When the station opened on July 10, 1905, there was as yet no IRT service to Brooklyn, and all Lexington Avenue trains terminated at South Ferry, using the outer-loop platform. After the Joralemon Street Tunnel opened in 1908, some Lexington Avenue trains continued to terminate at South Ferry, even during rush hours, while others went to Brooklyn. This service pattern was soon found to be inadequate for the high volume of Brooklyn riders.
Just three months after the Joralemon Tunnel opened, construction began on the third track and the western island platform at Bowling Green. Once they were completed in 1909, all rush-hour trains were sent to Brooklyn, with a two-car Bowling Green – South Ferry Shuttle train providing service to South Ferry during those times. Even after the IRT Broadway – Seventh Avenue Line local service (1 train) began to South Ferry in 1918, the shuttle remained in operation until it was discontinued in 1977 due to budget cuts. The shuttle platform was renovated in 1978 along with the rest of the station. The 1978 renovation covered over the original Heins & LaFarge mosaic "tapestries" that were along the walls.
The 1970s renovation also led to the construction of the eastern side platform, again due to high passenger volume on the island platform. Additional exits were requested and an underpass was built, funneling some of the traffic away from the headhouse exit at the south end. This led to the station's current configuration, with uptown trains using the side platform, and Brooklyn-bound trains using the island platform (similar to the configuration at Broadway Junction on the BMT Canarsie Line). A fence is located along the edge of the island platform, preventing northbound trains from releasing passengers onto the island platform. The fare control now consists of the restored headhouse entrance at the south end, which serves only the island platform, and various other entrances that lead to the eastern side platform and down to a large fare control area in the underpass.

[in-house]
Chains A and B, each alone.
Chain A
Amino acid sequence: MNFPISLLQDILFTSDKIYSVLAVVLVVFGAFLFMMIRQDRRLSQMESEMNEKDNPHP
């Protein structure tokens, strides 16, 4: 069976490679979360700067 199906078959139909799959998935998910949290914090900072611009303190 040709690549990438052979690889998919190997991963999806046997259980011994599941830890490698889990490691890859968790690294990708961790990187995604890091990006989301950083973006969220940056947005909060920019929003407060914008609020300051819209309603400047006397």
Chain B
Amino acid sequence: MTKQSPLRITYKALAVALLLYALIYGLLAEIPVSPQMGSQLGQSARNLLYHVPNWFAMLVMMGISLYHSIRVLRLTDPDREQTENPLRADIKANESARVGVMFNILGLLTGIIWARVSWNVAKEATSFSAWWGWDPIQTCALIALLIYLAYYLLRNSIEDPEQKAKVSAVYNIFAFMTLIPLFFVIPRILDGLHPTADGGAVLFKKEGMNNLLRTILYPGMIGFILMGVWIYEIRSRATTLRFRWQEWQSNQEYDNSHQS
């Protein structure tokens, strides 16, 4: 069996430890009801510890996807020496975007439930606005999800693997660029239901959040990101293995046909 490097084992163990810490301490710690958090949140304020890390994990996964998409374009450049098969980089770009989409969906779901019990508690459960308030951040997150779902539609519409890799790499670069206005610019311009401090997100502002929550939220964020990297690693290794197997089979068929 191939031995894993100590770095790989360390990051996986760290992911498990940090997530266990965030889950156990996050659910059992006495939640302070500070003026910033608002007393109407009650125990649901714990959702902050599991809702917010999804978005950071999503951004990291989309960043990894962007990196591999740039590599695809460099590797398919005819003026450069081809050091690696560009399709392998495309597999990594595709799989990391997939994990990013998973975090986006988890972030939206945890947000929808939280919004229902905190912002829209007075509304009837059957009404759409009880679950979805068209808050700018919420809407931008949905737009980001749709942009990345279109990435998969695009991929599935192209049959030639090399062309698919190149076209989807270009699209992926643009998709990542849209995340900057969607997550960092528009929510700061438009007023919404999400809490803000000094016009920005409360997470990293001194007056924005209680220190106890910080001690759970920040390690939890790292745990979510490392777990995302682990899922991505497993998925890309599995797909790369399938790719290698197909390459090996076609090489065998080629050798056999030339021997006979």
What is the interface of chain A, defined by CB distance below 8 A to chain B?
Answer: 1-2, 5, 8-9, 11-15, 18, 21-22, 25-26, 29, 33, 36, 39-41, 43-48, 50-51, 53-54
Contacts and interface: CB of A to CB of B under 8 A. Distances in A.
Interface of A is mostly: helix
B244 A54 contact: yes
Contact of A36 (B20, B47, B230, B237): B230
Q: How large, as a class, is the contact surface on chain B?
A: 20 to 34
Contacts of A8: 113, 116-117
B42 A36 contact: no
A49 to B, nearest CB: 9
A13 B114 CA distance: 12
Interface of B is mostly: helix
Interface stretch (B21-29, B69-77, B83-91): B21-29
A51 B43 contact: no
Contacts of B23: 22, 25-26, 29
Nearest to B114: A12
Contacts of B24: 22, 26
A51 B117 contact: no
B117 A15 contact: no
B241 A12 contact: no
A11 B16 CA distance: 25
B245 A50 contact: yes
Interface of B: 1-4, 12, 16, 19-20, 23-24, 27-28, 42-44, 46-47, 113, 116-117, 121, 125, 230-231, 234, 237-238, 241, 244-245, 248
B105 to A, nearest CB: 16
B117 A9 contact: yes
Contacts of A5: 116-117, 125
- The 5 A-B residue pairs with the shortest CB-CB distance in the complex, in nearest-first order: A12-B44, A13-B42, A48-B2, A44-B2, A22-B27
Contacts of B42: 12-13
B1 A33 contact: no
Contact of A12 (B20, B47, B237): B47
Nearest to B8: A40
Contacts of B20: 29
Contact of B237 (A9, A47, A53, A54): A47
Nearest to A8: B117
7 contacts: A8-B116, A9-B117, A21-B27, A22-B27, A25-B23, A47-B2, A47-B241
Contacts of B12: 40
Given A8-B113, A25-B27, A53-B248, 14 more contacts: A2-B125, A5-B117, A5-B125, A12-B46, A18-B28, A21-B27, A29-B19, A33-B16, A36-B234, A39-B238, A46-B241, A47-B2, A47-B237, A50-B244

Two elevators make the station ADA-accessible. One connects street level with the fare control area below the platforms and tracks with an intermediate stop at the main northbound fare control area while the other connects the Brooklyn-bound platform with the fare control area below.
The station's usage as both a terminal station and a through station is still an issue today, in that 5 trains short turn at Bowling Green after about 8 p.m. on weeknights, and do not run into Brooklyn on weekends. This causes a bottleneck on the Lexington Avenue Line, as southbound 4 trains must wait at Wall Street for at least 3 minutes to allow 5 trains to be emptied of passengers here.